VCU Health, the major Richmond medical system that includes the state’s largest teaching hospital, said it will no longer file lawsuits against its patients, ending a practice that has affected tens of thousands of people over the years.
VCU’s in-house physician group filed more than 56,000 lawsuits against patients for $81 million over the seven years ending in 2018, according to a Kaiser Health News analysis of district court data. Those suits will end and VCU will increase financial assistance for lower-income families treated at the $2.16 billion system, according to Melinda Hancock, VCU’s chief administrative and financial officer.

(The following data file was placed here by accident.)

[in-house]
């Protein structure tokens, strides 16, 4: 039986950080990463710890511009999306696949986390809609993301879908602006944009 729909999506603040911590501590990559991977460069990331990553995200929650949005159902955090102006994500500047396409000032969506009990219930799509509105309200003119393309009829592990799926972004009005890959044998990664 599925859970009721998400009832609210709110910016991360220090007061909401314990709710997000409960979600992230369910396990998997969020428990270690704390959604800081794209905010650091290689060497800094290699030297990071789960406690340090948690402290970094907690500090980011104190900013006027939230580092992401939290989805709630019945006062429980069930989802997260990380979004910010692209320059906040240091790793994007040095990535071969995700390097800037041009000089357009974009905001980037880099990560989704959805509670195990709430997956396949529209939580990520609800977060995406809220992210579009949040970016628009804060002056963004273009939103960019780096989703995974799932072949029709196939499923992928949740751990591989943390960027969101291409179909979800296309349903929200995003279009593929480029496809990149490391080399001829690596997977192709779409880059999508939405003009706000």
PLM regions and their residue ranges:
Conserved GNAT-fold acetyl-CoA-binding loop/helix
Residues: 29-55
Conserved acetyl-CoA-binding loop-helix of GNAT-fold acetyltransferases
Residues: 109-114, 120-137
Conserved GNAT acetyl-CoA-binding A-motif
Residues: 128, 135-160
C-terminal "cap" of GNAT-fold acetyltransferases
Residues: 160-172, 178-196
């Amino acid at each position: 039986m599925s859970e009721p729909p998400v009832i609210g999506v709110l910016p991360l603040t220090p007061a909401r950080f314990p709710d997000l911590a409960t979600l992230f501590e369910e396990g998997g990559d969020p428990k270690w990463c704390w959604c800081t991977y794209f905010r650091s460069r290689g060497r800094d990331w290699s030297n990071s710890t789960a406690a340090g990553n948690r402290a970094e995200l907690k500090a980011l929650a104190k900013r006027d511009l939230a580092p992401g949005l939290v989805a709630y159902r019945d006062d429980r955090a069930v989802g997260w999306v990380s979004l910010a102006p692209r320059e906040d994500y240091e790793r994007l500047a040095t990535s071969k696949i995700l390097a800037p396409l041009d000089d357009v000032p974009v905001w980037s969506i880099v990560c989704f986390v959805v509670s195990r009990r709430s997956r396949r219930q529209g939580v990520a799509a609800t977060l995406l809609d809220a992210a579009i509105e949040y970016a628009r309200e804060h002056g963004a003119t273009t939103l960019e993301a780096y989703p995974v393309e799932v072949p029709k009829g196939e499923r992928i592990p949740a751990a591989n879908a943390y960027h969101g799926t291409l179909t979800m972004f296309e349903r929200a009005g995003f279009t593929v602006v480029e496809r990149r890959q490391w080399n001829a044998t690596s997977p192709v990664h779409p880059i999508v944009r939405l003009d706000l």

Kaiser Health News recently reported that UVA Health, the University of Virginia system, had filed more than 36,000 suits over six years against patients who could not pay their bills. That revelation, published last month in The Washington Post, led UVA to pledge to “positively, drastically” reduce patient lawsuits.
VCU’s new stance on lawsuits goes beyond UVA’s, which promised to stop suing only patients whose income is below 400% of poverty guidelines. UVA officials did not respond to requests for comment.
VCU’s flagship hospital, VCU Medical Center, hasn’t filed patient suits in at least seven years, Hancock said in an interview this week. But its in-house physician group continued to sue patients and families for overdue bills.
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